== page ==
controller for Split AC Temperature remote

Discussion in 'The Projects Forum' started by Rushdev, Sep 18, 2013.

  1. Rushdev

    Thread Starter New Member

    Feb 4, 2012
    9
    0
    Hi I'm not too good with circuitry... I recently installed/had installed a Split AC. It came with a remote and I thought that I'd be able to program the remote to have the AC turn on/off at a certain temp. It turns out that it can't do that, all it has is a timer, 24 hr and then it has to be reset.
    What I want is a selonoid that will push the on/off button once to turn it on at a certain temp and then push it once again to turn it off at a certain temp. All the plunger has to do it push it and return to orig position.
    Is there something like that? Can I get some advice on a simple circuit?
    Thanks
    Rush
     
  2. MaxHeadRoom

    Expert

    Jul 18, 2013
    10,542
    2,369
    Are you looking at a mechanical means of pushing an On/Off button?
    Which is a bit crude, unless you do not want to do anything invasive on the remote?
    Is there no way to wire a relay directly into the AC control circuit?.
    Max.
     
    Last edited: Sep 19, 2013
  3. Rushdev

    Thread Starter New Member

    Feb 4, 2012
    9
    0
    What I'd like to do is wire in a normal programmable thermostat. I've investgated 'normal' thermostats, but they are based on 24v or whatever v, and I can't find what v mine works at. Here is a link to the website that has some info
    http://www.thermospace.com/ductless_split/senville-aura-sena18hf.php
    I've also checked on the web and nobody has any info about how to hook up a regular thermostat to it. I've talked with the Nest people (semi-intelligent thermostat that 'learns'), they can't help. I've called the Senville people and gotten block diagrams, but no schematics or anything that shows the actual wiring in the unit.
    I guess I should really take it apart and see if I can find a point to control the on/off.
    Here is the block dia -
    Thanks
    Rush
     
  4. RamaD

    Active Member

    Dec 4, 2009
    254
    33
    IMHO, the AC normally has this in-built, and turns on the compressor when the temperature goes above the set temperature, and turns off when the temperature is above the set temperature, with a hysterisis. This not only saves the power, but also controls the temperature. Controlling the hysterisis is generally not made available, or turning on above some temperature and turning off below some other temperature, etc., also may not be available. But isnt there a provision to set the required temperature?
     
  5. shortbus

    AAC Fanatic!

    Sep 30, 2009
    4,010
    1,530
    Don't mean to be mean, but did you read the directions on how to operate the unit? Or the page you linked for your unit?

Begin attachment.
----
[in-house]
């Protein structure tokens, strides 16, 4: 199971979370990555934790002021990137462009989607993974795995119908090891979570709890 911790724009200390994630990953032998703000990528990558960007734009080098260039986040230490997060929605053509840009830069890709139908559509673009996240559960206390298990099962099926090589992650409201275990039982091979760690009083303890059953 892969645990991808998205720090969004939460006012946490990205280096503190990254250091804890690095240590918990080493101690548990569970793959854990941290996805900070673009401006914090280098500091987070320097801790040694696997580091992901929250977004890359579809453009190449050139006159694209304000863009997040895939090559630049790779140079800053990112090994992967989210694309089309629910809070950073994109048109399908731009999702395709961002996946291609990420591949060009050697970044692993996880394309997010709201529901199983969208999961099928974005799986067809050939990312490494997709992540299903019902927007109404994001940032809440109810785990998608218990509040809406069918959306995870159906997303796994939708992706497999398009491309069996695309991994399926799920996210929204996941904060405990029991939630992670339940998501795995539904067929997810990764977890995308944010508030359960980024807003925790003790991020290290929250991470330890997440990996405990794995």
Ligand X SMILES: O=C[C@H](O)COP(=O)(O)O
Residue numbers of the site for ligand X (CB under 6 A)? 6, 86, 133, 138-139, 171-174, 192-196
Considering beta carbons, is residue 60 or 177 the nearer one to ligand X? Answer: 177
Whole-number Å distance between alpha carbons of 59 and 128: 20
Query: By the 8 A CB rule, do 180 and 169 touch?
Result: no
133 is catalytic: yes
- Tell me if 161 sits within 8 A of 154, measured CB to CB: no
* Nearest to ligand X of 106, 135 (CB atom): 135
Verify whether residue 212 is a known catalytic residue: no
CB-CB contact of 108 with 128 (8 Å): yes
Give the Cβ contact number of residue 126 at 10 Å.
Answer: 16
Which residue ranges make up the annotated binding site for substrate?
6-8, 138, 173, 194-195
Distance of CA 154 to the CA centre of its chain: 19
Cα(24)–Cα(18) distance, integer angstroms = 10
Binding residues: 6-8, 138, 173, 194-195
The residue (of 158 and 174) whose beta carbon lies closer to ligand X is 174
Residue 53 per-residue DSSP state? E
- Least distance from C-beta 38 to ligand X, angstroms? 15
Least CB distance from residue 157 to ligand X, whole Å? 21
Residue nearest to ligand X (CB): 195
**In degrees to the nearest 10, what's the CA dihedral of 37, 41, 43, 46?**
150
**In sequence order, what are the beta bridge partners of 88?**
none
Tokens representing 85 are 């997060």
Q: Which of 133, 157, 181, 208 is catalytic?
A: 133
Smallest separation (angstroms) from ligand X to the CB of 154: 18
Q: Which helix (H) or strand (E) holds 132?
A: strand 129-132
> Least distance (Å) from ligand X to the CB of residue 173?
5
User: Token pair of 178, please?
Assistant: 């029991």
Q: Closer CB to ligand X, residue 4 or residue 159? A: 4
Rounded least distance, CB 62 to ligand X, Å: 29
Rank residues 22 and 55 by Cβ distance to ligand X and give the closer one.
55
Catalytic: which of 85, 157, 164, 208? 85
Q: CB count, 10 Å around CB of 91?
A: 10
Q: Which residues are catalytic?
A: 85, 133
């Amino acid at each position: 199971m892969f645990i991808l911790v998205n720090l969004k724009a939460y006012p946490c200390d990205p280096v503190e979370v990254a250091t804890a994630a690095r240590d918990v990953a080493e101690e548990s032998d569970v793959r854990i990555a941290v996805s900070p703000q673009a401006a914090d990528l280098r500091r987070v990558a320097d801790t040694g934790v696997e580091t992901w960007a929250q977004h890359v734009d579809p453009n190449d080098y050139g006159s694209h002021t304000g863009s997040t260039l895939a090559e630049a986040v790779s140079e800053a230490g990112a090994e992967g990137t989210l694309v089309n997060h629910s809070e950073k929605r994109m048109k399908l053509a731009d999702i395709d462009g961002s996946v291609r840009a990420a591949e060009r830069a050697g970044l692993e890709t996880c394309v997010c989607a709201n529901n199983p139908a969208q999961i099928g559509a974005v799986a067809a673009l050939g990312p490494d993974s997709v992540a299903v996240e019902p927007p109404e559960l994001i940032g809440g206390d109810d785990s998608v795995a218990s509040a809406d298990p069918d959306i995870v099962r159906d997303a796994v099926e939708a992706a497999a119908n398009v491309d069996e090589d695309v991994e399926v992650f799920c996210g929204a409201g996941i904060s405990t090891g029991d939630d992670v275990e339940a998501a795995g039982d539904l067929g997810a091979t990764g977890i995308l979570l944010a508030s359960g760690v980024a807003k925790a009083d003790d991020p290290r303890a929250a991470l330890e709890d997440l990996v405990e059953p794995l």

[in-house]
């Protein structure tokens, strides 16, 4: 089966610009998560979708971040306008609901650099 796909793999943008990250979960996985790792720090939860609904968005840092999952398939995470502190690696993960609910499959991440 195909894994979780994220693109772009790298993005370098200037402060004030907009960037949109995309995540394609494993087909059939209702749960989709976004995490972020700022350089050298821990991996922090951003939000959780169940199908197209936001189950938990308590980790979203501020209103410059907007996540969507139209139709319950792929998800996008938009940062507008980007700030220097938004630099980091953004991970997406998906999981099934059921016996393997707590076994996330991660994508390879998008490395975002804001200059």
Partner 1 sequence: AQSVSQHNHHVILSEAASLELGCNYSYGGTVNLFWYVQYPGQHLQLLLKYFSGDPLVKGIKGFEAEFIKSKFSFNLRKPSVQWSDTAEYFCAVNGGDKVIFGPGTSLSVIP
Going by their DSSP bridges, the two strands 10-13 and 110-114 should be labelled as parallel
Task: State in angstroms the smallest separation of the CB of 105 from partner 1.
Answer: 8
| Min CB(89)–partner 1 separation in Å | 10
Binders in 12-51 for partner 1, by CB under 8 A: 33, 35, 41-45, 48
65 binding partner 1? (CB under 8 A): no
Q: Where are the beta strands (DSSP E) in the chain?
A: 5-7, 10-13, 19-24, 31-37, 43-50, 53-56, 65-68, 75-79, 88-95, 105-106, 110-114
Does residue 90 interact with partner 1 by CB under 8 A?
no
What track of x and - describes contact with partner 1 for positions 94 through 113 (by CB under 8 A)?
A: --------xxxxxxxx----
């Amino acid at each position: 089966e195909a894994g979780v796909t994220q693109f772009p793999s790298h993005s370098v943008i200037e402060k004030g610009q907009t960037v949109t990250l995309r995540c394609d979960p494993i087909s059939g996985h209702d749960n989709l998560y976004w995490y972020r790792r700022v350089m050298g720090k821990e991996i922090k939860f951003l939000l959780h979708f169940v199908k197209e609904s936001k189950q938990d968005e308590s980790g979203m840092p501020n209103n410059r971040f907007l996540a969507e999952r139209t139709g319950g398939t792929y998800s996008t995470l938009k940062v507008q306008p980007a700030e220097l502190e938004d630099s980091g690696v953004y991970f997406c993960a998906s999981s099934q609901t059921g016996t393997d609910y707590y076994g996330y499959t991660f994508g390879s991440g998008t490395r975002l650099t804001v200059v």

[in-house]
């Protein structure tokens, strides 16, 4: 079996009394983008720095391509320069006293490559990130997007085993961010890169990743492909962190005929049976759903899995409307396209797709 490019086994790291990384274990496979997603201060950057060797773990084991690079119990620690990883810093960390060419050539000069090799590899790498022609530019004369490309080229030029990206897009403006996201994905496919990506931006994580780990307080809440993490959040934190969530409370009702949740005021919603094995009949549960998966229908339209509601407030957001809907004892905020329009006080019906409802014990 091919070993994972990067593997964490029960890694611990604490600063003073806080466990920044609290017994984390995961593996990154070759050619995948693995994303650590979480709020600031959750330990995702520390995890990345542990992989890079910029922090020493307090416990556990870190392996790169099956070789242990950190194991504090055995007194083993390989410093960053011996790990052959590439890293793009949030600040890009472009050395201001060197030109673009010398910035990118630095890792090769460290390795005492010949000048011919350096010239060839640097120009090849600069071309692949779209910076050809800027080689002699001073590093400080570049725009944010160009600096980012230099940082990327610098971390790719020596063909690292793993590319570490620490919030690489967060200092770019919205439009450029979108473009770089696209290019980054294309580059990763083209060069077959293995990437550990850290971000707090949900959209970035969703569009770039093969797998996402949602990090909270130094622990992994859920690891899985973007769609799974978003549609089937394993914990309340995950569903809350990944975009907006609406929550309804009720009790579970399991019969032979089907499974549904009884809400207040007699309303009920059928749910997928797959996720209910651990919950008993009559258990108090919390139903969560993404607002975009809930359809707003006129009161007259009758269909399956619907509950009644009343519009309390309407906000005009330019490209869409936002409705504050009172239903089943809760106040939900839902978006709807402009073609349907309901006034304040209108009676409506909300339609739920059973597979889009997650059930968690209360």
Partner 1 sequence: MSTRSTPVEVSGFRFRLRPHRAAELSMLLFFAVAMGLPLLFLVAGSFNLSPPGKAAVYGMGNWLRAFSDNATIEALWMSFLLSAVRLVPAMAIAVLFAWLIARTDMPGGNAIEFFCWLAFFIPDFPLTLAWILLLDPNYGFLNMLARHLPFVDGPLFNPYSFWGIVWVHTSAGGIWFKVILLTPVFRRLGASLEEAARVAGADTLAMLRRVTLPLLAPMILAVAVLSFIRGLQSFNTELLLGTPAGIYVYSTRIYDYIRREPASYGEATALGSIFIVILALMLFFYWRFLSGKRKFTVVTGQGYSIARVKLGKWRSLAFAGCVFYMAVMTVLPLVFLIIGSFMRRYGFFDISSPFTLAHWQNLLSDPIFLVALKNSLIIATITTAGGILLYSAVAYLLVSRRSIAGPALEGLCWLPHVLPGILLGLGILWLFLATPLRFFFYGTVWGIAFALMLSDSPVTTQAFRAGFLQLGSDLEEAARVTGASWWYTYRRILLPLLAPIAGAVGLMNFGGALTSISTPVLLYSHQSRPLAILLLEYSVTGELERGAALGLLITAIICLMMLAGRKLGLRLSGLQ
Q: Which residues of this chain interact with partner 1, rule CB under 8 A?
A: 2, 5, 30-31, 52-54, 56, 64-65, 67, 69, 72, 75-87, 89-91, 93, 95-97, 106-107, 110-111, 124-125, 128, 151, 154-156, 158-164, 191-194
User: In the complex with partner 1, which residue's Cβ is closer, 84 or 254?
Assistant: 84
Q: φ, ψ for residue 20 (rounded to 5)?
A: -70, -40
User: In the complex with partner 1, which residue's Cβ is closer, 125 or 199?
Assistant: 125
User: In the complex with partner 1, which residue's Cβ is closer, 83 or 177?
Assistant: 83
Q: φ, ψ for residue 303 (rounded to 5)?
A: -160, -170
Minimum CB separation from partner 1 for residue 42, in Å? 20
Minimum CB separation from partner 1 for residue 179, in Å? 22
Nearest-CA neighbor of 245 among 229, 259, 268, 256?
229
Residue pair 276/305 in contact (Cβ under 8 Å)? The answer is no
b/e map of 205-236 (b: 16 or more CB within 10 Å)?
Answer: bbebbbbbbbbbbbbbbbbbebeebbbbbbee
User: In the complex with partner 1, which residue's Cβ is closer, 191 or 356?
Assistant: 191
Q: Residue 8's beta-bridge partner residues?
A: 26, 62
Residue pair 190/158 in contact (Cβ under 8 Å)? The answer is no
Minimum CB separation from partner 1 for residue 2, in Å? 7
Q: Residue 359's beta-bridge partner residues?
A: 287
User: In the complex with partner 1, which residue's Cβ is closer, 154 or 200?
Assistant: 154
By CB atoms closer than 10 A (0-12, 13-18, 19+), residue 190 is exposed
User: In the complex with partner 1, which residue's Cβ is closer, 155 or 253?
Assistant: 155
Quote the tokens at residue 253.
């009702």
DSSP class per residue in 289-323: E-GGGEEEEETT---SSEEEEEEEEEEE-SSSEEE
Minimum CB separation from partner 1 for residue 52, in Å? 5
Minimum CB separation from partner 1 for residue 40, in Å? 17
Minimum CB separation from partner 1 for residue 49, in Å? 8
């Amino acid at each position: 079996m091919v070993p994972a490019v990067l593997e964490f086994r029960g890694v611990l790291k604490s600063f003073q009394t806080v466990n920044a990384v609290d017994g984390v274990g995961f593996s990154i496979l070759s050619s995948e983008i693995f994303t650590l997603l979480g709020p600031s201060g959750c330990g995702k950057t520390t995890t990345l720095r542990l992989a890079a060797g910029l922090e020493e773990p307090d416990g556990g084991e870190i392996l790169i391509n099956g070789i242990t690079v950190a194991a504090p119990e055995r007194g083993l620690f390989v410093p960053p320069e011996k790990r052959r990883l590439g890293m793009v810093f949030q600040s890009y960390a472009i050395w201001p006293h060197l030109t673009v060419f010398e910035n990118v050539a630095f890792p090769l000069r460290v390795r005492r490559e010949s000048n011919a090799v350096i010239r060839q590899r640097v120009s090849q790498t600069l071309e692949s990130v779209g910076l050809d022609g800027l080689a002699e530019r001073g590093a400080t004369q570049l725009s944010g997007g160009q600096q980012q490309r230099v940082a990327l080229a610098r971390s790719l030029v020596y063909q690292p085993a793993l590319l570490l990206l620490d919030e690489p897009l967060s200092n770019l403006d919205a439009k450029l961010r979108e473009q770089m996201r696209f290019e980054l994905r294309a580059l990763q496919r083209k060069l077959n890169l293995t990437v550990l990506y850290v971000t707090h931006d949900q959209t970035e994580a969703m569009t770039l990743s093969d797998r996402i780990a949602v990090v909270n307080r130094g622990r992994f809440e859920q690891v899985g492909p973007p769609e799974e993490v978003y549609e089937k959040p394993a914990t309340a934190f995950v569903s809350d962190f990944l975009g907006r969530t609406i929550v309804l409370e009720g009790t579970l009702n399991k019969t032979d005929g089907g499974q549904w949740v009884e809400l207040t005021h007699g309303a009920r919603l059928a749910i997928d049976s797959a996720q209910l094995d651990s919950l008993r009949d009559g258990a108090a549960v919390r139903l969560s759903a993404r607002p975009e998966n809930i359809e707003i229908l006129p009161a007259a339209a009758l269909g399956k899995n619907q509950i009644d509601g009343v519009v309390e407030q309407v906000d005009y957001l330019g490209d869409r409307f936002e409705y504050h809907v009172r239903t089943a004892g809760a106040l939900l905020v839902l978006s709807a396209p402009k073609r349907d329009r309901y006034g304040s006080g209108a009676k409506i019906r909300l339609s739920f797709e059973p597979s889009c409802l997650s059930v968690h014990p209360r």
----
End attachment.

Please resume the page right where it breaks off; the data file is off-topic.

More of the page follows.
Although I didn't look for a manual, the remote shows a "temp" setting button right in the middle of it. http://www.thermospace.com/shinco/remote-features.jpg

    Also read the part in the link (about the middle of the page) called "what is DC inverter?". According to it the unit never shuts off after start-up. It just 'slows down' when the set temperature is reached.

    Some times reading the manual is a good thing.:):D
     
  6. mcgyvr

    AAC Fanatic!

    Oct 15, 2009
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  7. #12

    Expert

    Nov 30, 2010
    16,284
    6,797
    Let me see if I got this right. You want an air conditioner with an unusually wide range between the temperature it starts at and the temperature it stops at, so you searched until you found an air conditioner that had thousands of hours of development work and more than one microprocessor put into making sure it had the lowest possible temperature differential, and bought it. Now you want to defeat the main reason it was designed. Is that about right?
     
  8. wayneh

    Expert

    Sep 9, 2010
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    Rofl

    rtfm
     
    #12 likes this.
  9. wayneh

    Expert

    Sep 9, 2010
    12,120
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    Not if you read and believe their ad materials. The claim is that it runs all the time but with a proportional duty cycle. It's not on/off control, which they make fun of in their literature.
     
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  10. RamaD

    Active Member

    Dec 4, 2009
    254
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    I must admit I did not read the brochure!
    Still, I dont understand. That is, whether it is On/Off or Variable Frequency Drive, there is in-built control to adjust the temperature. Why would the OP need the AC be turned on or off by another means?
    BTW, I just noticed that the AC seem to be almost double the price of an equivalent sized unit here in India, at around USD 750 (46000 INR) for a 1.5ton. Is it because of digital inverter technology?
     
  11. #12

    Expert

    Nov 30, 2010
    16,284
    6,797
    Yes, it has variable frequency drive for the compressor, and a microprocessor to measure temperature change and predict the correct speed to maintain the room temperature at exactly the same temperature, all the time. Incredible amounts of time and money were dedicated to achieve this and the result is much more expensive that the standard air conditioners and thermostats that maintain temperature within 2 degrees F.

    Even the old thermostats do not have a hysteresis adjustment. You would have to use 2 thermostats and design circuits to have one control the start temperature and another control the stop temperature if you want the error to be more than 2 degrees from the set point.
     
    RamaD likes this.
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